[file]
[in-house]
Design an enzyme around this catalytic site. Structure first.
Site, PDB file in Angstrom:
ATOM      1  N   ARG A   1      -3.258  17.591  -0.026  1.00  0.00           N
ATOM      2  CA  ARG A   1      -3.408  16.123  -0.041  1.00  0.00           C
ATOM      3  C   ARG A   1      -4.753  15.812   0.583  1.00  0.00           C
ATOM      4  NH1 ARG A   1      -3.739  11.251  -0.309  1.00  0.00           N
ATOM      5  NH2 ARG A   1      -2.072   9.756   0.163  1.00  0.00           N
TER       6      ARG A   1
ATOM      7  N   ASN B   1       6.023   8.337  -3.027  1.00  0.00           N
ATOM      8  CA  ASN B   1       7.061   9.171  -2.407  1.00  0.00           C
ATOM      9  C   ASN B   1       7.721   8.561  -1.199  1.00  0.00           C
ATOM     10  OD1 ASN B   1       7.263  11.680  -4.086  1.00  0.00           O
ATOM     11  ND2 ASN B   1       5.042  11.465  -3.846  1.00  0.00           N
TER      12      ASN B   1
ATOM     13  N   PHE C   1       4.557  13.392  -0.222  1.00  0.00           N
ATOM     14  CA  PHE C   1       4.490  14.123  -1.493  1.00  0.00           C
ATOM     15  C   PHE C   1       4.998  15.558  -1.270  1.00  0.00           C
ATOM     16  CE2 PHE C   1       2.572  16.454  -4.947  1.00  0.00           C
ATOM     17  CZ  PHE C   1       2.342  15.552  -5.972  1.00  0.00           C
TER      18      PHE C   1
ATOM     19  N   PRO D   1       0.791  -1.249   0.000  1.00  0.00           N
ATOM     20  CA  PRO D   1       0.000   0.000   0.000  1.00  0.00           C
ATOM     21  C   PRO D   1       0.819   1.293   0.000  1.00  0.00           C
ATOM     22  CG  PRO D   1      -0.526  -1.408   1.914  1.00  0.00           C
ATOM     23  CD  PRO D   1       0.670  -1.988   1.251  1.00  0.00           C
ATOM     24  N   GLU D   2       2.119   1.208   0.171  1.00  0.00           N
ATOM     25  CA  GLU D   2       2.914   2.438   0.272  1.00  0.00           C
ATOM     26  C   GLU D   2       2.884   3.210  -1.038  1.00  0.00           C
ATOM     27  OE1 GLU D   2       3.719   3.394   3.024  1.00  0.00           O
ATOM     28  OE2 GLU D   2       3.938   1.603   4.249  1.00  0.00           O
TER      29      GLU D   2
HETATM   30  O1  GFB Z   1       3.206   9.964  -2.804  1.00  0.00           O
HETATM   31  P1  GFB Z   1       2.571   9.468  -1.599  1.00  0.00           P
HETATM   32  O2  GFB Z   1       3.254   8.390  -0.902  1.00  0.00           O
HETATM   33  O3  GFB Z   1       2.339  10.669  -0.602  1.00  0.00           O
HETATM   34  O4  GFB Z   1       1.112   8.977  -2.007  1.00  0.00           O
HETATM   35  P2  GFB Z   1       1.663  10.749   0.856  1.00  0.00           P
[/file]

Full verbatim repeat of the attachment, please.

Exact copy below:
[in-house]
Design an enzyme around this catalytic site. Structure first.
Site, PDB file in Angstrom:
ATOM      1  N   ARG A   1      -3.258  17.591  -0.026  1.00  0.00           N
ATOM      2  CA  ARG A   1      -3.408  16.123  -0.041  1.00  0.00           C
ATOM      3  C   ARG A   1      -4.753  15.812   0.583  1.00  0.00           C
ATOM      4  NH1 ARG A   1      -3.739  11.251  -0.309  1.00  0.00           N
ATOM      5  NH2 ARG A   1      -2.072   9.756   0.163  1.00  0.00           N
TER       6      ARG A   1
ATOM      7  N   ASN B   1       6.023   8.337  -3.027  1.00  0.00           N
ATOM      8  CA  ASN B   1       7.061   9.171  -2.407  1.00  0.00           C
ATOM      9  C   ASN B   1       7.721   8.561  -1.199  1.00  0.00           C
ATOM     10  OD1 ASN B   1       7.263  11.680  -4.086  1.00  0.00           O
ATOM     11  ND2 ASN B   1       5.042  11.465  -3.846  1.00  0.00           N
TER      12      ASN B   1
ATOM     13  N   PHE C   1       4.557  13.392  -0.222  1.00  0.00           N
ATOM     14  CA  PHE C   1       4.490  14.123  -1.493  1.00  0.00           C
ATOM     15  C   PHE C   1       4.998  15.558  -1.270  1.00  0.00           C
ATOM     16  CE2 PHE C   1       2.572  16.454  -4.947  1.00  0.00           C
ATOM     17  CZ  PHE C   1       2.342  15.552  -5.972  1.00  0.00           C
TER      18      PHE C   1
ATOM     19  N   PRO D   1       0.791  -1.249   0.000  1.00  0.00           N
ATOM     20  CA  PRO D   1       0.000   0.000   0.000  1.00  0.00           C
ATOM     21  C   PRO D   1       0.819   1.293   0.000  1.00  0.00           C
ATOM     22  CG  PRO D   1      -0.526  -1.408   1.914  1.00  0.00           C
ATOM     23  CD  PRO D   1       0.670  -1.988   1.251  1.00  0.00           C
ATOM     24  N   GLU D   2       2.119   1.208   0.171  1.00  0.00           N
ATOM     25  CA  GLU D   2       2.914   2.438   0.272  1.00  0.00           C
ATOM     26  C   GLU D   2       2.884   3.210  -1.038  1.00  0.00           C
ATOM     27  OE1 GLU D   2       3.719   3.394   3.024  1.00  0.00           O
ATOM     28  OE2 GLU D   2       3.938   1.603   4.249  1.00  0.00           O
TER      29      GLU D   2
HETATM   30  O1  GFB Z   1       3.206   9.964  -2.804  1.00  0.00           O
HETATM   31  P1  GFB Z   1       2.571   9.468  -1.599  1.00  0.00           P
HETATM   32  O2  GFB Z   1       3.254   8.390  -0.902  1.00  0.00           O
HETATM   33  O3  GFB Z   1       2.339  10.669  -0.602  1.00  0.00           O
HETATM   34  O4  GFB Z   1       1.112   8.977  -2.007  1.00  0.00           O
HETATM   35  P2  GFB Z   1       1.663  10.749   0.856  1.00  0.00           P